The field-mapping can be applied to prism or conical forms. Figure 3 shows an example of an axicon based field-mapped ring illumination homogenizer. The top graphic in figure 3 shows an isometric view of a segmented axicon where each section has a different conic constant that allows the light to be overlapped at a fixed distance from the array. For the given example the focus of the homogenized ring is about 120 mm and produces a 3 mm wide ring. The spot diagram at the bottom of the figure shows how the light transforms after the array. This illustrates the flexibility of the basic concept. Likewise, segmenting and mapping rectangular cylindrical lens segments, positive or negative, will produce a rectangular ring illumination (Figure 4).

A particular microelectronic application, for example, may require the illumination of the outer region of a circuit that is 13 mm × 21 mm, where metal bonding pads need to be cleared of an insulating polymer. In a typical excimer laser optical system, one might require an ablation fluence of 500 mJ/cm2 in order to expose the metal bonding pad. A field of 13 mm × 21 mm would therefore require 1.36 J of energy on target for the given fluence. This is very unrealistic for current excimer laser technology at any reasonable cost. Since the bonding pads are on the periphery of the chip, one need only illuminate the outer perimeter and not the entire die of which most of the laser’s light would be blocked by the illumination mask. Existing homogenizers would have to illuminate the entire 13 mm × 21 mm area or at lower energy, process the die in steps. This is impractical in most cases due to the added time of step and repeating the circuit with an accompanied mask change.

In order to achieve a rectangular ring illumination with field-mapping, segments from several plano-convex cylinder lenses are mapped to a homogenized field that forms a rectangular ring of 13 mm × 21 mm as an annulus. The width of the annulus could be 3 mm as exemplified in the spot diagram of figure 4. In this example the field-mapped ring illuminator would only require 465 mJ at the mask to achieve the needed 500 mJ/cm2 fluence to expose the bonding pads. This is very much achievable with current excimer technology. This clearly improves the overall efficiency of the laser’s energy over larger areas that are simply not possible with existing homogenizer designs.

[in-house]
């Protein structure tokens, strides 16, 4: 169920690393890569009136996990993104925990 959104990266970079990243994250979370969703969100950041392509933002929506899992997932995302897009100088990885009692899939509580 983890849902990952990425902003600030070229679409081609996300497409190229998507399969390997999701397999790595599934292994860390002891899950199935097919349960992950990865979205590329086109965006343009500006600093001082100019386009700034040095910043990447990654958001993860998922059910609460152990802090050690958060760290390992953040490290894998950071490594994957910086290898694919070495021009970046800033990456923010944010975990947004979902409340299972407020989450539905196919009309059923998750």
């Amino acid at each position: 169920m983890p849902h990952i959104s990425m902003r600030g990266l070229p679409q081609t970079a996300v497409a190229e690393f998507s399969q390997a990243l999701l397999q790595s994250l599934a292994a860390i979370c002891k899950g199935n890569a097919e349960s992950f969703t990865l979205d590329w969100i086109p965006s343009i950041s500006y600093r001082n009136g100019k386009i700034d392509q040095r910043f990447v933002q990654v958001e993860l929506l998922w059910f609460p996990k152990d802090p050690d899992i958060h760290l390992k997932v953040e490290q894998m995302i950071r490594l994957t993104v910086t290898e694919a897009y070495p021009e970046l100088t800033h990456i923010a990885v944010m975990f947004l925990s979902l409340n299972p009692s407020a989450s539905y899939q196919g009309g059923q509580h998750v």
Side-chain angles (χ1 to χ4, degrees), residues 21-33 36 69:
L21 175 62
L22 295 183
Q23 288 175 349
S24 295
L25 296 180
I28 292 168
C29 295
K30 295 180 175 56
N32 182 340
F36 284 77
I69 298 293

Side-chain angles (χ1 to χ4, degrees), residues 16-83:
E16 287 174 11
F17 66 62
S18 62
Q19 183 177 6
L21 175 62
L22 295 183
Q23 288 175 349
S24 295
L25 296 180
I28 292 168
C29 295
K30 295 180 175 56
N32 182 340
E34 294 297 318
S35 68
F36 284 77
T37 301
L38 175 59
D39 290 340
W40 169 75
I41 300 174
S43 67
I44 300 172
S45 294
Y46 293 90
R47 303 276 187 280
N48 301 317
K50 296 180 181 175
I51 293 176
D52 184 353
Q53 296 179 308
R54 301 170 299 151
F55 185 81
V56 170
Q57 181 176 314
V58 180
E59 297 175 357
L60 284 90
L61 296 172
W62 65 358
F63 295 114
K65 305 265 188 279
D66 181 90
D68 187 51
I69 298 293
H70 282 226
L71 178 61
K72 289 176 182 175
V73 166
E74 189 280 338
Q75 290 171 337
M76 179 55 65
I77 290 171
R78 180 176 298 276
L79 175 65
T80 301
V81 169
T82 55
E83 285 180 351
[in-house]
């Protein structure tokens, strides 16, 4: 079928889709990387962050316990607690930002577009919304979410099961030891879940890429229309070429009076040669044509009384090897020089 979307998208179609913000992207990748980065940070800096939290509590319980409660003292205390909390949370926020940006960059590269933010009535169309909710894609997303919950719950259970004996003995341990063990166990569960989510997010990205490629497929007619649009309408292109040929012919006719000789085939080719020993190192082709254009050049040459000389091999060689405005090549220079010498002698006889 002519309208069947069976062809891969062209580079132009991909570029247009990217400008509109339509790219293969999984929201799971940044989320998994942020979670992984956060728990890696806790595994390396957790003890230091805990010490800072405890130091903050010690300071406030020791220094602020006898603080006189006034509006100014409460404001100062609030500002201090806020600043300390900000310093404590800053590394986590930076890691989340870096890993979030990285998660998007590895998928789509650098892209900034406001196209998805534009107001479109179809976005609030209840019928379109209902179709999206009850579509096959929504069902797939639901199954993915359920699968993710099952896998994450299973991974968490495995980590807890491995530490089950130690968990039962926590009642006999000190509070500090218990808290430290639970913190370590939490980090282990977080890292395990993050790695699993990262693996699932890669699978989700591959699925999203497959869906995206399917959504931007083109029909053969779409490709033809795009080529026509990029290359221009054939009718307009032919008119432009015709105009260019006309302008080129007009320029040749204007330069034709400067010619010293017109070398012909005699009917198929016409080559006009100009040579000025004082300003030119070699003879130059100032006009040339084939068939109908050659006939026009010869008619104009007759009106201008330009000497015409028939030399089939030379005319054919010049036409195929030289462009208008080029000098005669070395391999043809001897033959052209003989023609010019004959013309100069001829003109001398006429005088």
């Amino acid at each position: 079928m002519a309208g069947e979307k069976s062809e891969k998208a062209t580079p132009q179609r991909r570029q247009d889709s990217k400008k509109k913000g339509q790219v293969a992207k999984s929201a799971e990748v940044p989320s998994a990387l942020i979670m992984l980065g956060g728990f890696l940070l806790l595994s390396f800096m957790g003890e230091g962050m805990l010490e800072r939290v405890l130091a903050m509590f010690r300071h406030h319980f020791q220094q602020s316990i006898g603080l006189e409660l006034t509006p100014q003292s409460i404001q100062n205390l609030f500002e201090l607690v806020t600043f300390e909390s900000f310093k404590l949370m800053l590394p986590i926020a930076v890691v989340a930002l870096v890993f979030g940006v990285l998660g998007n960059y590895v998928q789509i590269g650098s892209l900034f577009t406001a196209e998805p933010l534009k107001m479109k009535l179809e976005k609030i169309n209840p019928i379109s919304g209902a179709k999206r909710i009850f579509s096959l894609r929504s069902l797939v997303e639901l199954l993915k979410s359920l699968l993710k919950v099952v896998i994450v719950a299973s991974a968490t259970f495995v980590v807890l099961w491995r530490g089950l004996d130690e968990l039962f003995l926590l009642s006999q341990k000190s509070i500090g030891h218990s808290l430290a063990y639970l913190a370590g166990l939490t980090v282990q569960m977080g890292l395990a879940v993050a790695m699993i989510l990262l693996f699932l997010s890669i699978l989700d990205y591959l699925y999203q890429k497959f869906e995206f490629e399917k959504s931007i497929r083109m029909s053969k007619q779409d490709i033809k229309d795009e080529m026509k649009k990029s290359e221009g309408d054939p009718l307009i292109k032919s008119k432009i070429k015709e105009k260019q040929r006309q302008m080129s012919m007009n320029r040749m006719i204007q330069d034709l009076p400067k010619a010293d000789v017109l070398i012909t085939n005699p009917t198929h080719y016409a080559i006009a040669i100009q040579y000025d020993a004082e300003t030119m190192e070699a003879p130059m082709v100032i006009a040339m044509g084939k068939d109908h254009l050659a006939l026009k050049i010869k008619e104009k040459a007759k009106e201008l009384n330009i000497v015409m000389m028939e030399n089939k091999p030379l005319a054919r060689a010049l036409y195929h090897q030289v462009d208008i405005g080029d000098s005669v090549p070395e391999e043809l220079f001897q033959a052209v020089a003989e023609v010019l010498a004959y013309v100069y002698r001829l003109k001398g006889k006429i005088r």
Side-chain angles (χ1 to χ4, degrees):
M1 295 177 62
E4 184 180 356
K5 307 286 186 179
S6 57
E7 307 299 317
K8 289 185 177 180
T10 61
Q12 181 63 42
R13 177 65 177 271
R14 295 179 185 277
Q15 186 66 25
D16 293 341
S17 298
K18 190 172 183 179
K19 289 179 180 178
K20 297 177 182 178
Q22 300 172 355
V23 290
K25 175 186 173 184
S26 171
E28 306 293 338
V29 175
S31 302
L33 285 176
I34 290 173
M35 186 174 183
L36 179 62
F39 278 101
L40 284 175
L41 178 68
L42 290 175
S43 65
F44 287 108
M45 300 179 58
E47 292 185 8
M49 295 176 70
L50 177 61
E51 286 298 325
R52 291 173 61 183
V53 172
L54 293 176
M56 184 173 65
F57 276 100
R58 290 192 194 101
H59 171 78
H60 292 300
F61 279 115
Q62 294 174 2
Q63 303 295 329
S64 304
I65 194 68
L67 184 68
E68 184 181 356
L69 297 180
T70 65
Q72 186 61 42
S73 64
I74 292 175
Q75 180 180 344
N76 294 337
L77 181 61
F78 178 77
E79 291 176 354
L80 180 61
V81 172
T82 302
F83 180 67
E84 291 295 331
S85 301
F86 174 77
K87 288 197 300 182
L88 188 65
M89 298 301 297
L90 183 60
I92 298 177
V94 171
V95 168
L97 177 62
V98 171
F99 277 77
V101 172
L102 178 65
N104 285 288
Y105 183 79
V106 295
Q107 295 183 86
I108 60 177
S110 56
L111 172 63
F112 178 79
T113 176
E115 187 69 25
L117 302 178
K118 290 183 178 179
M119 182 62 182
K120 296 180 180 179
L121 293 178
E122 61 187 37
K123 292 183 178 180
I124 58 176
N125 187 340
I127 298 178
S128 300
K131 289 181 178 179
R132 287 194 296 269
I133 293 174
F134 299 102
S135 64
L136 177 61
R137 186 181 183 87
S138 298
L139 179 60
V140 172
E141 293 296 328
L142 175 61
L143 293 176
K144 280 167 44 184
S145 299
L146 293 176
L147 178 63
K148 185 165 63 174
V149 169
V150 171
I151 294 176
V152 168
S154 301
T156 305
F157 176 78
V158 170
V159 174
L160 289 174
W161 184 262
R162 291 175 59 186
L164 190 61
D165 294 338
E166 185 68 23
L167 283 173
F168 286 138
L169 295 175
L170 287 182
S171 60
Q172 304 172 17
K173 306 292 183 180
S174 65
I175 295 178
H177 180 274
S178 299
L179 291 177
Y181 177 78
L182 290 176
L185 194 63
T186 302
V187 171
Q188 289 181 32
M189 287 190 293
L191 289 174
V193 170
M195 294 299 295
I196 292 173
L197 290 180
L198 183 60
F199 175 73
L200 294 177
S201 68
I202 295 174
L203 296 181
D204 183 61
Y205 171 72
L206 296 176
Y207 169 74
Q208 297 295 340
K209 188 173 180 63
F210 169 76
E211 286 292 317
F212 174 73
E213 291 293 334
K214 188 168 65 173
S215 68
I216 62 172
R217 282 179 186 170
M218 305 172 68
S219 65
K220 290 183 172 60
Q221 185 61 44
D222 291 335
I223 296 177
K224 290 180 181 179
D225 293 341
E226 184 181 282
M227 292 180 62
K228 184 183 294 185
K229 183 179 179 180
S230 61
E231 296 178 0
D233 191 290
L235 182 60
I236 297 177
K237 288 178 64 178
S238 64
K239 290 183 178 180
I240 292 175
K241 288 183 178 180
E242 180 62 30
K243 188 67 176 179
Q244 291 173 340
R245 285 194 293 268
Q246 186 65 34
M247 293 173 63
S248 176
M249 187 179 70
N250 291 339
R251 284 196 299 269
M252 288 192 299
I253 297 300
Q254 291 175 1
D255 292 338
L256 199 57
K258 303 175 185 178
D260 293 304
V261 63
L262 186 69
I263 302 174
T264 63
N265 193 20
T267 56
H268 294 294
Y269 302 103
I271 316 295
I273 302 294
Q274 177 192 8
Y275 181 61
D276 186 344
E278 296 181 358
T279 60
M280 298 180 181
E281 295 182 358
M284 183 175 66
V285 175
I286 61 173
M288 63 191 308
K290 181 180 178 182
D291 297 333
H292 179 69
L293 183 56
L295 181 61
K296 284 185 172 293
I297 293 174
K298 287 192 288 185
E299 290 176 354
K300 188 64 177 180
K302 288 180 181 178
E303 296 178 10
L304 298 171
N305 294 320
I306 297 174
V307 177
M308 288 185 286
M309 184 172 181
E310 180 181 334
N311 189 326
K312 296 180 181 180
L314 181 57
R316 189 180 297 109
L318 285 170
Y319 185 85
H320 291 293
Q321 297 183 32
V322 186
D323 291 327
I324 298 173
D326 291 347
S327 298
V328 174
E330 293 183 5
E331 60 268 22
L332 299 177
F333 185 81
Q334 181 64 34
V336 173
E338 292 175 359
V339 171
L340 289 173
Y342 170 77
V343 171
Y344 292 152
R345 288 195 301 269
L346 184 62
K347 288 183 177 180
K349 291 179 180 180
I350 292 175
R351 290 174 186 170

The field-mapped homogenizer is fairly insensitive to minor angular errors and will have no focused pupil to damage downstream optics when employing plano-concave segments. In addition, combining a zoom telescope past the lens segments permits dynamic modification of the homogenized field. Existing designs usually can only be altered by 25 to 50% and some of the optical elements in the beam homogenizer are very much susceptible to damage from focused pupils. A 3× zoom range is easily achieved with the field-mapped homogenizer and even takes up less space in the beam delivery system. This feature further adds to the flexibility and usefulness of the design.

The field-mapping concept can be implemented on the micro level to cover larger fields for display devices whereby the lens segments are fabricated by diamond turning, electron beam or reactive ion etching or other lithographic techniques. The ability to form complex shapes and structures for more esoteric field-mapping concepts is well within the realm of possibility. Even at the macro level one could field-map large Fresnel lens segments to create even larger integrators/concentrators for solar panels. The field-mapped beam homogenizer opens up a lot of interesting illumination possibilities.

This article was written by Michael Scaggs, Executive Director, Neoteric Concepts, LLC (Weston, FL). For more information, contact Mr. Scaggs at This email address is being protected from spambots. You need JavaScript enabled to view it. or visit

Photonics Tech Briefs Magazine

This article first appeared in the January, 2008 issue of Photonics Tech Briefs Magazine.